Palm trees are plants of exceptional beauty . Its stipe (what we would call trunk) grows upwards as if it wanted to reach the sky, and its beautiful leaves wave with the wind every time it blows between its leaflets, even its flowers, which are grouped in highly branched inflorescences, make the Ornamental value of these vegetables will only increase.
I admit it: I am in love with these plants. But maybe you are too, or soon will be. For this reason, in this special article we are going to talk at length about them : their characteristics, types, main species, uses,… and more.
- 1 What is the origin of palm trees?
- 2 Are they trees or grasses?
- 3 What are the characteristics of palm trees?
- 4 main varieties
- 4.1 Areca catechu
- 4.2 Ceroxylon quindiuense
- 4.3 Chamaedorea elegans
- 4.4 Chamaerops humilis
- 4.5 Cyrtostachys renda
- 4.6 Dypsis lutescens
- 4.7 Howea forsteriana
- 4.8 Phoenix canariensis
- 4.9 Phoenix dactylifera
- 5 How are they cared for?
- 6 Palm Tree Problems
- 6.1 Pests
- 6.2 Diseases
- 7 What are they for?
What is the origin of palm trees?
This type of plants began to inhabit the planet Earth approximately 145 million years ago , during the Cretaceous. At that time, huge reptiles inhabited the planet: the dinosaurs, which shared the territory with the placental mammals, that is, with those animals that protect their young inside the placenta until they develop enough to be able to live in the outside, like us humans.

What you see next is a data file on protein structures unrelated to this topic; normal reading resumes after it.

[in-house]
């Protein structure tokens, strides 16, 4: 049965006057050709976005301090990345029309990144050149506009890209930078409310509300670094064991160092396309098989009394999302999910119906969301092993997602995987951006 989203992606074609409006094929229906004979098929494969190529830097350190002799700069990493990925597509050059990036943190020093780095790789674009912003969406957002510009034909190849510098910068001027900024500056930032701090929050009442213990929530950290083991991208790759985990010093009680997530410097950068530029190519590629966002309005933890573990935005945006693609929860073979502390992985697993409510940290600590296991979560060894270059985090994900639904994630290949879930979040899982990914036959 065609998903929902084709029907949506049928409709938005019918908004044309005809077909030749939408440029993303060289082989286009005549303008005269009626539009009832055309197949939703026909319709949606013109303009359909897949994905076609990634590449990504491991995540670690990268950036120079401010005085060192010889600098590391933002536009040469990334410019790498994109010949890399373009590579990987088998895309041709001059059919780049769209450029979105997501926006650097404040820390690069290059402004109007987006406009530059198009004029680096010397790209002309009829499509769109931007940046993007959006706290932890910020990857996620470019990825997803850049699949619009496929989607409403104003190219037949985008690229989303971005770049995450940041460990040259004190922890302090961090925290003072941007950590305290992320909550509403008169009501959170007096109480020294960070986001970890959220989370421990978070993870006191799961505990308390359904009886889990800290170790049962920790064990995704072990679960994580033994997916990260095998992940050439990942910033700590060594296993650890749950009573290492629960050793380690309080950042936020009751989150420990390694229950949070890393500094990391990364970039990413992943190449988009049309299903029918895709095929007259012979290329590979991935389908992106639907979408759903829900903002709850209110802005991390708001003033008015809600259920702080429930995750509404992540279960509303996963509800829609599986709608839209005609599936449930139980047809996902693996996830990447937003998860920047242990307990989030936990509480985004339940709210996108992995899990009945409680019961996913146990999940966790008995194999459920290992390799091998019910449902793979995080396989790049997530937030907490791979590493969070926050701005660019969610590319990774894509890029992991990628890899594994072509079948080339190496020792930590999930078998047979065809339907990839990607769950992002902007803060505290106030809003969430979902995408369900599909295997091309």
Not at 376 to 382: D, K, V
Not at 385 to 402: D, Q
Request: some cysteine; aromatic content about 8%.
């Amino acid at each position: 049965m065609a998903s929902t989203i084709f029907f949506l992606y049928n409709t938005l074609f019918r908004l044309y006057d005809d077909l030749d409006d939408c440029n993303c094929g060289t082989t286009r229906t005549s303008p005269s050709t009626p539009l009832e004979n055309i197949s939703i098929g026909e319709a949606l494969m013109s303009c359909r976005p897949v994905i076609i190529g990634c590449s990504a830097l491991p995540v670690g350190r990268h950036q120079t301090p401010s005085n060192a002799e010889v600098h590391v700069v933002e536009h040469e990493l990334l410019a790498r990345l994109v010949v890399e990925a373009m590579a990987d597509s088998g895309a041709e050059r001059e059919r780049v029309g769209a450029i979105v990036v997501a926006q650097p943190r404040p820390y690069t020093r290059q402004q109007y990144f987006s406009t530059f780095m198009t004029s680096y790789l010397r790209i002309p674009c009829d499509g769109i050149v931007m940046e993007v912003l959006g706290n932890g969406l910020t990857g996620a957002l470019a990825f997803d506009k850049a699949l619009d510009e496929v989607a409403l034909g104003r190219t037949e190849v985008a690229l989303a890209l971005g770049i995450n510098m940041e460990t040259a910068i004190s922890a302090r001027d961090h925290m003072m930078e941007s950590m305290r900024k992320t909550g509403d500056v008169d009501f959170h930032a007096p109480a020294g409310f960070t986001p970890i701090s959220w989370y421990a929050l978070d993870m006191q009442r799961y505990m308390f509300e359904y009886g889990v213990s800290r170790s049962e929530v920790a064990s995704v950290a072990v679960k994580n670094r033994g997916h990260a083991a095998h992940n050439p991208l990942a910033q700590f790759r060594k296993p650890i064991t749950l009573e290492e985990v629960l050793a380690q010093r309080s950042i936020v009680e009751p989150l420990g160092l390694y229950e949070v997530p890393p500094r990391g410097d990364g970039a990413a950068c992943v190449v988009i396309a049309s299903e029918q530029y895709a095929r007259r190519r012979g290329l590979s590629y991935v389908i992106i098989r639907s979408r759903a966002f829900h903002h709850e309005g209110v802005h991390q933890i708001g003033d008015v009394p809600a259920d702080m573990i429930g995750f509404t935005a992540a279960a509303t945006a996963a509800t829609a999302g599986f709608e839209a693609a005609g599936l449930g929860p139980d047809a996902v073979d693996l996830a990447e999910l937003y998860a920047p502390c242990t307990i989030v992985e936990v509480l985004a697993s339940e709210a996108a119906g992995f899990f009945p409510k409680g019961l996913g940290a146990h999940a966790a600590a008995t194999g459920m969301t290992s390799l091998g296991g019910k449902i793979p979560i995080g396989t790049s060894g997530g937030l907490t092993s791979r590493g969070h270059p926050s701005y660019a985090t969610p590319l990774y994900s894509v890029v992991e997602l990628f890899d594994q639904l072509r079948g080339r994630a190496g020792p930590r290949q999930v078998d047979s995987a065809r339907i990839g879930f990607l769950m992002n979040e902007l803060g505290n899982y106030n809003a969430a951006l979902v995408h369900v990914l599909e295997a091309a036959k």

The fight for survival must not have been very easy for the palm trees, since many dinosaurs fed basically on grass, such as the Supersaurus, which grew to 15 meters in height. If we take into account that today the tallest palm tree, the Ceroxylon quindiuense , which measures about 60 meters, has a very slow growth (about 20cm per year when it is young), of ten seeds that should have germinated, only one or two survived .
Are they trees or grasses?
It is often thought that talking about palm trees is talking about trees, but that is a mistake. These plants are herbaceous , and that is something that we can see as soon as the seed germinates: unlike trees, which have two cotyledons (two first leaves), palm trees only have one, which is what gives them the appearance of grass of lawn This means that they are monocot plants . But the differences do not end here.
Monocots don’t have a true trunk because they don’t have a true secondary growth, so when you cut it down, you wouldn’t see the annual rings that trees and other dicots have. In the specific case of our protagonists, the trunk is renamed stipe or stem. In addition, the leaves have visible ribs, which are parallel .
What are the characteristics of palm trees?
Palm trees are a type of plant that belongs to the botanical family Arecaceae (formerly Palmae) distributed throughout the temperate and warm regions of the world. About 3000 species are known, and all of them (or most) have these parts:
- Roots : they are superficial, which means that they develop a few centimeters -no more than 60cm- from the surface of the soil.
- Stipe : can be ringed or smooth, with the rest of the leaves dry or without. There are some species that do not have it or have it very short, such as the Arenga australasica or the Wallichia densiflora .
- Inflorescences : if they are new, they are usually protected by the spathe. Once they open, they are called spadices.
- Capital : is the part that joins the stipe with the leaves. In the event that it was cut, the plant would die as leaf growth emerges from it.
- Crown or cup : it is made up of the leaves or fronds that can be pinnate or fan-shaped.
Writing about the 3,000 species of palms in a single article would be impossible, so I am going to tell you about the ones that are easier to find in nurseries and online stores.